• It is also misleading to state that in 2016 the lawyers were protesting against the use of English in the courts. As important as the language being used in the courts in the territory is, the protests of the lawyers at the time, as you ought to know, went far beyond the use of language. I recall it was Ngongang Ouandji who as Minister of Justice in 1985 whilst on a visit in Bamenda, at a meeting with the judicial corps stated to the effect that there is need to harmonise the legal system; and his very next sentence was that what obtains in the Anglophone provinces is bad, meaning there is need for the Anglophones who practice the common law system to adopt the civil (Napoleonic) law system that obtains in French Cameroun. So too, with the educational system, for until our widespread protests in 1984, led by Anglophone students in the then lone University of Yaounde, our cohort would have been the experimental guinea pigs of writing the BAC syllabus in English in the name of harmonisation of the educational system. Hence, as with the legal system, harmonisation has never been about the development of a unique indigenous system in Cameroun but a superimposition of a bastardised and poorly mastered francophone system onto the anglophone education system. The recent presidential decree (October 2018) truncating the GCE Board further illustrates the point, and bears testimony to the demonstrated bad faith of the Francophone led regime, from the onset of the tacit Union, if any was still required. As amply experienced during the past 57 years, intention cannot be legislated, as the Francophone led regime had approached unification as a zero-sum game and subsequently back peddled on every written understanding entered into with the Anglophone community; for, it is as recently as 1993 that the GCE Board was established after protests by anglophone parents, teachers and students during which many were injured and lives lost. It is that mindset that still informs policy formulation and decision making when it comes to Anglophone Cameroun.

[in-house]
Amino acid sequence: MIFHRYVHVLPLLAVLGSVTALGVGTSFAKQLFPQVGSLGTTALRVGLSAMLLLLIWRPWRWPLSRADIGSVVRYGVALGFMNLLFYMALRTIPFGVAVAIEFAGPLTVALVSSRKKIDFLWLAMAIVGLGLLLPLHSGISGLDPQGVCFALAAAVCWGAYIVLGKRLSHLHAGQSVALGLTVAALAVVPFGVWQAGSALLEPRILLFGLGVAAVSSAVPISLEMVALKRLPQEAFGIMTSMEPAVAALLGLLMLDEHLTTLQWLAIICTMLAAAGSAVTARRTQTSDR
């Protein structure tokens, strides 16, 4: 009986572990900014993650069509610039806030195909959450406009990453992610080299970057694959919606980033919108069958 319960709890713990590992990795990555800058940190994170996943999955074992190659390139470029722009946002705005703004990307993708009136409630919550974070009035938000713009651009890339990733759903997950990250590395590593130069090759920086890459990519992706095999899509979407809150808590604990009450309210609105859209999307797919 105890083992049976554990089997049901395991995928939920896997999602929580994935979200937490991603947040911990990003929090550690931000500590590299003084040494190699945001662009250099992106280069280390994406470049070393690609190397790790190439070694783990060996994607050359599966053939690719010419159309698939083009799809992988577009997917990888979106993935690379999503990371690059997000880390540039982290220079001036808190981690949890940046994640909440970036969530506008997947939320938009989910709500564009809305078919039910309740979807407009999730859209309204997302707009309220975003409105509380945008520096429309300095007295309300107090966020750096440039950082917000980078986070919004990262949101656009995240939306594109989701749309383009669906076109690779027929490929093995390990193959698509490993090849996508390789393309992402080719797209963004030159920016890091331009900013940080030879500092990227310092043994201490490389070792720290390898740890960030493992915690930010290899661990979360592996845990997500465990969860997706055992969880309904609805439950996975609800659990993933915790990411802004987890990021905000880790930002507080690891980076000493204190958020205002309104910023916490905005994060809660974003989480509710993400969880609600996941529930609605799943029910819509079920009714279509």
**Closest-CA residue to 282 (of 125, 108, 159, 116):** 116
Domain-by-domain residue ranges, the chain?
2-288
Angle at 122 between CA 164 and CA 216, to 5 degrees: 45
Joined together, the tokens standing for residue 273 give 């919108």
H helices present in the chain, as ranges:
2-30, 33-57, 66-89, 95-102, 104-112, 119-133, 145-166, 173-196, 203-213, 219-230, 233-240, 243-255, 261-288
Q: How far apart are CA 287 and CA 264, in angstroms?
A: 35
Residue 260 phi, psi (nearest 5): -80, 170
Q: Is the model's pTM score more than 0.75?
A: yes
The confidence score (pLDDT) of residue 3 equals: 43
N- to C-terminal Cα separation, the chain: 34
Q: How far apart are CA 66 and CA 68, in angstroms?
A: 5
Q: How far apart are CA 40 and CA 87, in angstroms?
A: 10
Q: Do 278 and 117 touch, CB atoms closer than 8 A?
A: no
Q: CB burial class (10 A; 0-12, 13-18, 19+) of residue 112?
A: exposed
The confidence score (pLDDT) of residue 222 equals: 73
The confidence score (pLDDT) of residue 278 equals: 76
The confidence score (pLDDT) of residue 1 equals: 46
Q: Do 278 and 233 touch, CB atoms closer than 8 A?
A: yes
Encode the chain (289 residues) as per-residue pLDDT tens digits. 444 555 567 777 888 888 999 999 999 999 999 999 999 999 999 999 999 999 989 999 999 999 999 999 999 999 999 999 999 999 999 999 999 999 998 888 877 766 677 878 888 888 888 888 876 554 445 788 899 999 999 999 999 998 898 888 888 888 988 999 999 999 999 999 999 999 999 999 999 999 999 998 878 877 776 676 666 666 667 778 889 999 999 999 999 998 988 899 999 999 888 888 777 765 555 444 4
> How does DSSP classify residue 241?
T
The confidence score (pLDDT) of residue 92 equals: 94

• It is another false argument to state that the Anglophones are protesting against the lack of jobs and development in the territory, as important as these are. As you should know, there was a clearly spelt out tacit agreement and terms which brought the two territories together in 1961 in the form of the federal constitution. The Francophone led regime orchestrated the abrogation of this agreement through the pseudo-referendum that took place in 1972, thereby ending the quasi-federalism that existed until then. Hence the constitutional and institutional arrangements that were meant to guarantee the autonomy of the territory and people were systematically undermined and destroyed. As such nothing legally binds the two territories together.  Not only that and as I have amply demonstrated elsewhere (The Anglophone Cameroon Predicament, 2011), the Francophone led regime over the years systematically destroyed all important economic initiatives, both state and private, that could have provided opportunities to the people of the territory turning it into a vast labour reserve. Otherwise, what happened to the once thriving commercial seaport of Victoria where you live and are heavily invested, to mention only this?